In the hallowed-halls of Congress not much is accomplished nowadays, especially anything the majority of Americans support, or want done, so last week another step in the right direction for marijuana reform — except, of course, the cold, un-stoned hearts of Republicans:
Congressional leaders have reintroduced a bill to strike marijuana from the list of controlled substances and invest in communities disproportionately affected by the so-called drug war.
"This bill will give a lot of individuals a fresh start." https://t.co/DYNFpW05KL
— Kyle Griffin (@kylegriffin1) May 30, 2021
Details from NBC News last Thursday:
The Marijuana Opportunity Reinvestment and Expungement Act of 2021, also known as the MORE Act, would also eliminate criminal penalties, clear criminal records and create social equity programs focused on repairing damage to individuals and communities impacted by decades of prohibition.
The bill was introduced by House Judiciary Committee Chairman Jerry Nadler, D-N.Y.
“Since I introduced the MORE Act last Congress, numerous states across the nation, including my home state of New York, have moved to legalize marijuana,” Nadler said in a statement.
“Our federal laws must keep up with this pace.”
The bill failed to advance last year in the Senate, where a companion bill also died.
A second Senate bill is expected to be introduced later this year with the backing of Senate Majority Leader Chuck Schumer, D-N.Y., and Sens. Cory Booker, D-N.J., and Ron Wyden, D-Ore.
The revised bill contains stronger social justice measures intended to address the generational effects of prohibition, including removing language that would have denied federal permits to applicants with felony cannabis convictions.
It would set a 5-percent tax on cannabis retail sales that would increase to 8-percent over three years. Revenue would go to the Opportunity Trust Fund, which would pay for job training, re-entry services, legal aid and health education programs for impacted communities.
“The whole intention and vision behind this bill is that it would repair past harms of drug prohibition,” said Maritza Perez, national affairs director at the Drug Policy Alliance, a nonprofit working to reform drug laws.
“We’re hoping that another successful House vote would continue to pile on momentum.”
Despite the move toward decriminalization, people of color continue to be most affected by existing drug laws. According to a 2020 report by the American Civil Liberties Union, a Black person is 3 times more likely to be arrested for cannabis possession than a white person.
The ACLU estimated that enforcing cannabis prohibition laws costs taxpayers approximately $3.6 billion a year.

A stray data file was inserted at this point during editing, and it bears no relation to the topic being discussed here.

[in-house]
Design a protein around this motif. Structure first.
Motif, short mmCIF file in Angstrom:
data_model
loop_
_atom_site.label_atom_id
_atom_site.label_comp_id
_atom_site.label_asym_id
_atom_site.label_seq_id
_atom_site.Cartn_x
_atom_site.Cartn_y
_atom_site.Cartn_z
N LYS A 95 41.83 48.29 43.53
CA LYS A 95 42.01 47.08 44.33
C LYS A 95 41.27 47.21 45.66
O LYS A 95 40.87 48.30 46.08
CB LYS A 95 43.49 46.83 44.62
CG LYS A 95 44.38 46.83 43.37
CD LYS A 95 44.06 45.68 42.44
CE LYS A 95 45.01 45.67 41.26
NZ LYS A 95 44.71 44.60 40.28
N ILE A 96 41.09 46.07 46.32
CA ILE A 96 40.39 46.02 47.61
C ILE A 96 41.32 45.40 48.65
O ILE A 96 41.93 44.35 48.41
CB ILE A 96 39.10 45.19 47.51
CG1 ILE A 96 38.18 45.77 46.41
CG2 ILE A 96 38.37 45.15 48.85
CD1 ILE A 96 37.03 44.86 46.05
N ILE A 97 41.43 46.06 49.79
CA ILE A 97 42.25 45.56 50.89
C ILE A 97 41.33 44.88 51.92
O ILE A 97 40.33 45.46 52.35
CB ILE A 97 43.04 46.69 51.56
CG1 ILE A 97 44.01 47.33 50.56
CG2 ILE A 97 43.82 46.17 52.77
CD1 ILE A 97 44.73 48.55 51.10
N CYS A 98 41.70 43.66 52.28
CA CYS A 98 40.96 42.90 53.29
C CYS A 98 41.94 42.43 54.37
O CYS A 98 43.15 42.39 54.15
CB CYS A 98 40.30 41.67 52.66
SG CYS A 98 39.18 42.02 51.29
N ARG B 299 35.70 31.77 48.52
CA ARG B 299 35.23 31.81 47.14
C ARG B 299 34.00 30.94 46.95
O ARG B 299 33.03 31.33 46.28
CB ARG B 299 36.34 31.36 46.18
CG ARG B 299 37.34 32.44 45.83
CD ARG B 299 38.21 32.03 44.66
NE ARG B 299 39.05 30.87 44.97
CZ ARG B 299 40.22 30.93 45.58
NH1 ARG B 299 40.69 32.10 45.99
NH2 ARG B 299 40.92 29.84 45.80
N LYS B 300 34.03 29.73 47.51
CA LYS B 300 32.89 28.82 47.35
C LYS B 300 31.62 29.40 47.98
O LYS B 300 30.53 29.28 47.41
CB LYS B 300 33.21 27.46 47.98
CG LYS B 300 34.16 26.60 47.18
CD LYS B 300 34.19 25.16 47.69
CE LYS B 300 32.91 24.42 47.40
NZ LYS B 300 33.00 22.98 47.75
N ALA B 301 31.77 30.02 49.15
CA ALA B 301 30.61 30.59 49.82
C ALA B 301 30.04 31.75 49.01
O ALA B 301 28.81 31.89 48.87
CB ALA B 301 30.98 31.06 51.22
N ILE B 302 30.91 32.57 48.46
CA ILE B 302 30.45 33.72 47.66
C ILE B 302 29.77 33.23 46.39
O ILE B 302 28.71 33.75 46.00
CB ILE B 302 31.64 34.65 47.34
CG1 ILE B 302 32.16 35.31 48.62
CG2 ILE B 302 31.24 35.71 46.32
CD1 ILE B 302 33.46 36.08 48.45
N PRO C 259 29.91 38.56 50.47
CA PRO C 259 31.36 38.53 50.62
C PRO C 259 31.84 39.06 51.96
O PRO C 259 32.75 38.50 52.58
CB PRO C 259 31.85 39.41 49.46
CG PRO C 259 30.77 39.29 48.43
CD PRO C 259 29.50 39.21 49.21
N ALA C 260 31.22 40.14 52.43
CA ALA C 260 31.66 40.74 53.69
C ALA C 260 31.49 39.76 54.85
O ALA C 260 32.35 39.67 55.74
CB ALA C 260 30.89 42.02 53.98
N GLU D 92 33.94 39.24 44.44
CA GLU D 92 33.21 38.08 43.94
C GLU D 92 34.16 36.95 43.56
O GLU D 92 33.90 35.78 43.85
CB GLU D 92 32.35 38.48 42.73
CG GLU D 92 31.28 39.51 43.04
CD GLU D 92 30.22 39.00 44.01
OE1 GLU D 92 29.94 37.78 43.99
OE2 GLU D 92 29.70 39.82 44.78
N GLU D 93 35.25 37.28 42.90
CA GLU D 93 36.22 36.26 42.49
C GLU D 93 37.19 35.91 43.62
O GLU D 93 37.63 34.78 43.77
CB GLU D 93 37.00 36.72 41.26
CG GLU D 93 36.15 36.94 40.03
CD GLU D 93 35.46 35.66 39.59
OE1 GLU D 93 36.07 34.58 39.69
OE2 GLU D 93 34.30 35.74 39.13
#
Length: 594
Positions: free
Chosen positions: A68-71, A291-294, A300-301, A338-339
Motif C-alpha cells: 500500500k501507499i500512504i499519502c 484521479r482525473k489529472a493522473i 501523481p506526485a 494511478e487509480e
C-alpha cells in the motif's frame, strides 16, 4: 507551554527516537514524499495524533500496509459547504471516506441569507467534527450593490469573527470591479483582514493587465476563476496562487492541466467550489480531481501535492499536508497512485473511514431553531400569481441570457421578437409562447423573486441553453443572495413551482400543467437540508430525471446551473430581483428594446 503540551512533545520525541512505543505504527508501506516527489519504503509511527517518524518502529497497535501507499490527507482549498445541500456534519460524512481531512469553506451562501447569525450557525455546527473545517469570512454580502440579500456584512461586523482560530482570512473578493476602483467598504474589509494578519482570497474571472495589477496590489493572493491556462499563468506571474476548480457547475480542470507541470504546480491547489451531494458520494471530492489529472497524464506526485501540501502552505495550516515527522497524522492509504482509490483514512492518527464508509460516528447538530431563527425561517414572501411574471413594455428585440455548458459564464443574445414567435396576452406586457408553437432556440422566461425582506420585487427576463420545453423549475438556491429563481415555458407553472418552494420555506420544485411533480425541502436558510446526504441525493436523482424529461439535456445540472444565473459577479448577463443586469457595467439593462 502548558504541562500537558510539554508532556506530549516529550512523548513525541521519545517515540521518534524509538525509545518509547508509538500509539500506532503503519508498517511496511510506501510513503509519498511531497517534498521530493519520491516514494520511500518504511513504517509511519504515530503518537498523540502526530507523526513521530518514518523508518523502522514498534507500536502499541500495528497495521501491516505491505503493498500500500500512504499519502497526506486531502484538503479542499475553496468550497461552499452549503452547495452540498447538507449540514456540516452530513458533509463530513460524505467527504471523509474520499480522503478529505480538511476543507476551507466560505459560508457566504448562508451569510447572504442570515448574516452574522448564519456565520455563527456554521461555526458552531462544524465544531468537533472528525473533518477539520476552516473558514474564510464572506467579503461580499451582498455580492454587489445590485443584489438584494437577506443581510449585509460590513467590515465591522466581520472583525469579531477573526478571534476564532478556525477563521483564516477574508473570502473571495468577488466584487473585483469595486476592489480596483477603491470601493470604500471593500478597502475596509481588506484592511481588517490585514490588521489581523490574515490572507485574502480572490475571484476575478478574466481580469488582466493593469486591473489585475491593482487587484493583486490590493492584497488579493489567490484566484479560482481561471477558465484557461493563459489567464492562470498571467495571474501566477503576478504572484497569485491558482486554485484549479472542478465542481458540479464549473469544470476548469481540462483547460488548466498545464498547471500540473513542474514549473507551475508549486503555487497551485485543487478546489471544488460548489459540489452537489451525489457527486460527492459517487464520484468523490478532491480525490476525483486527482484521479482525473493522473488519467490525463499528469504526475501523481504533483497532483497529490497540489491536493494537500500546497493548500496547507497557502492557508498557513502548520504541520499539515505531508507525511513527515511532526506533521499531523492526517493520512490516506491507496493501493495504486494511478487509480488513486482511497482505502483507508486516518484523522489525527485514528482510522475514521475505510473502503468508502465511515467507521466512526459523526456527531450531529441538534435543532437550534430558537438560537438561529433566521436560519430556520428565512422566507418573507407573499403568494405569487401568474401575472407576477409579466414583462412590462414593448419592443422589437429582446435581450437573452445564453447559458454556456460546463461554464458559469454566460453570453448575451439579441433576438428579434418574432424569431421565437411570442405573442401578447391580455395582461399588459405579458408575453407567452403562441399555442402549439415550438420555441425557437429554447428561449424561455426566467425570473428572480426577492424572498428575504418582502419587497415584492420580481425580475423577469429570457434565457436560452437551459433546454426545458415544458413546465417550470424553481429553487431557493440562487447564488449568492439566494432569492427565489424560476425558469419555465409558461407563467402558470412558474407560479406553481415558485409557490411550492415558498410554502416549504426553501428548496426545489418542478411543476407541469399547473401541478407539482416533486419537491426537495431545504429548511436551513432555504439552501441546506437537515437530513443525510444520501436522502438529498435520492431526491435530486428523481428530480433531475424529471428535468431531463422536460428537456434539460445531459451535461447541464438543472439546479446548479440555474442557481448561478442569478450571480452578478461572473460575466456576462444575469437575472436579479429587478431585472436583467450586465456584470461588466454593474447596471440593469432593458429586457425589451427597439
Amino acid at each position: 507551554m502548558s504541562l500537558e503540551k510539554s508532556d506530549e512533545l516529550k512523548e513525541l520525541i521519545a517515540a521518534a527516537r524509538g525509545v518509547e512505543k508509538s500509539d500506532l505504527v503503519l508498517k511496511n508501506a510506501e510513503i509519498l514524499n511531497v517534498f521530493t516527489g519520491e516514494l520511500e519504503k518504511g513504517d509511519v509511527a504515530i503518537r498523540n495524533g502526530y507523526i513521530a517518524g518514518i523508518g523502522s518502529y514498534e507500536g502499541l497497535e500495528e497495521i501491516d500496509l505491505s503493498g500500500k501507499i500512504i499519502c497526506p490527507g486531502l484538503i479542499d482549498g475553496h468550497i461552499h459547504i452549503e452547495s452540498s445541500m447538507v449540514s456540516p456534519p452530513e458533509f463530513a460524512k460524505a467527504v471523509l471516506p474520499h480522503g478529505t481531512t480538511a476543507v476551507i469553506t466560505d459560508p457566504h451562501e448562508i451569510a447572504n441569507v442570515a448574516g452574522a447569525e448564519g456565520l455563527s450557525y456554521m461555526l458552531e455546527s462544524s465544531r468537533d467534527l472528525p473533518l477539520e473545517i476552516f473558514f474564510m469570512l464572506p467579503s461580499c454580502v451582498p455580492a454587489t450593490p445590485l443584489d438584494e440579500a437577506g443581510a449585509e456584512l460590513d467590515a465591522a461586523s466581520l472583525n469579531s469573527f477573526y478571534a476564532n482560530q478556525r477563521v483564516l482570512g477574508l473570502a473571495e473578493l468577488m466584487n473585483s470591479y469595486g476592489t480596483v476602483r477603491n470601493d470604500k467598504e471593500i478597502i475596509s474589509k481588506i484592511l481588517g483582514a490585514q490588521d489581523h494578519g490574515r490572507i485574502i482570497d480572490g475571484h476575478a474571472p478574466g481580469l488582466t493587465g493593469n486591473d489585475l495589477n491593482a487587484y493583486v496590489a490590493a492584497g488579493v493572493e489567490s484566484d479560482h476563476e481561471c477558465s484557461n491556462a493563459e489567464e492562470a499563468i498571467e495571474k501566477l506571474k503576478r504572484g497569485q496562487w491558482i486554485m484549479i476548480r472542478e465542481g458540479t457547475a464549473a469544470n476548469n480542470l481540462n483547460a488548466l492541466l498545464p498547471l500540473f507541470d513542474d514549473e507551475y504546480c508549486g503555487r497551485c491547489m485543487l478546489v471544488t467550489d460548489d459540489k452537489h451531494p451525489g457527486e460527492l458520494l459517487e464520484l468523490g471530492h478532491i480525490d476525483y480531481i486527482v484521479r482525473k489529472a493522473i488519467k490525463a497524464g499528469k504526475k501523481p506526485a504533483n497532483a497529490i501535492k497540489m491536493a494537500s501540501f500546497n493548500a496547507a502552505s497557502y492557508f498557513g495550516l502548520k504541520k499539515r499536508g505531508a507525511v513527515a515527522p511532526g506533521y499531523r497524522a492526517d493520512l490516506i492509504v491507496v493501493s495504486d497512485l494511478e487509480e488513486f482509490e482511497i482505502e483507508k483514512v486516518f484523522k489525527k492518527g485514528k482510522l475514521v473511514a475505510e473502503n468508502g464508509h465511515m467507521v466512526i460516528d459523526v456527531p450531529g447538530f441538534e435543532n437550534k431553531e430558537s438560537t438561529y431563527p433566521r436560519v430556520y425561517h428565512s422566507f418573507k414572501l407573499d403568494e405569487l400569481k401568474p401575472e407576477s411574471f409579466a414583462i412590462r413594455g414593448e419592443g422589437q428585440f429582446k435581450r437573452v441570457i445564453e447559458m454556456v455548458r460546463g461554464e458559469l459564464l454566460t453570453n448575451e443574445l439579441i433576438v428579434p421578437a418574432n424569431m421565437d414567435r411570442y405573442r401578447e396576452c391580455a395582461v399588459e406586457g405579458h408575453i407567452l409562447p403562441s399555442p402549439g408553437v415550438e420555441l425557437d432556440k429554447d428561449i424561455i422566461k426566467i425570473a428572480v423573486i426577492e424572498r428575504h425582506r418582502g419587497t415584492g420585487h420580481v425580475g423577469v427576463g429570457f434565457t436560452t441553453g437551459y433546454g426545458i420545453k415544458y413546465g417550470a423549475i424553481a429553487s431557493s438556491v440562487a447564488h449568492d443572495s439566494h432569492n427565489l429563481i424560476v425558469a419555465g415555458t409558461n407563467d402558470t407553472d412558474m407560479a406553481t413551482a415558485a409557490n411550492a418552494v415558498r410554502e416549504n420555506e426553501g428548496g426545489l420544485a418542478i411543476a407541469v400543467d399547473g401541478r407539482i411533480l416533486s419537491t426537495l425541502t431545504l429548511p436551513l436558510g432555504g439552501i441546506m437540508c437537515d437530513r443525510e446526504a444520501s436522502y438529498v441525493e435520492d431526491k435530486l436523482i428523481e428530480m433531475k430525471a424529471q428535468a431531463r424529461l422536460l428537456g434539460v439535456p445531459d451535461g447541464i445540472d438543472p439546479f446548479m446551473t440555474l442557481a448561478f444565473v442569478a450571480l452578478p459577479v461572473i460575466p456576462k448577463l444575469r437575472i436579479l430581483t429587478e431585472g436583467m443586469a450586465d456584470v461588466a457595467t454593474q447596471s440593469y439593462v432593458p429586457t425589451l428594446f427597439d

“This bill will give a lot of individuals a fresh start,” said Stuart Titus, CEO of cannabis company Medical Marijuana Inc.
But it could take a “herculean effort” to advance cannabis legislation, Titus said, adding that Democrats will need to pick up more Republican support if they intend to end prohibition.
And the biggest problem — asshole Republicans. Of course, they go against the popular view — via a poll in mid-April from Pew Research:
As more states, including Virginia and New York, continue to legalize marijuana, an overwhelming share of U.S. adults (91-percent) say either that marijuana should be legal for medical and recreational use (60-percent) or that it should be legal for medical use only (31-percent).
Fewer than one-in-ten (8-percent) say marijuana should not be legal for use by adults.
Still, the old folks still find reefer offsetting — except us boomers:
There have long been age and partisan differences in views about marijuana, and that remains the case today.
Very few adults of any age are completely opposed to the legalization of marijuana.
However, older adults are far less likely than young people to favor marijuana legalization for recreational use.
This is particularly the case among adults ages 75 and older: Just 32-percent say marijuana should be legal for recreational and medical use, by far the lowest share for any age category and 21 percentage points lower than adults in the next-oldest age group, those ages 65 to 74 (53-percent of whom say it should be legal for both recreational and medical use).
Among younger adults, there is wider support for legalization for medical and recreational uses, including 70-percent of adults under age 30.
Time is not on our side.
Yet in days of yore:
“Listen Bart … Good luck…”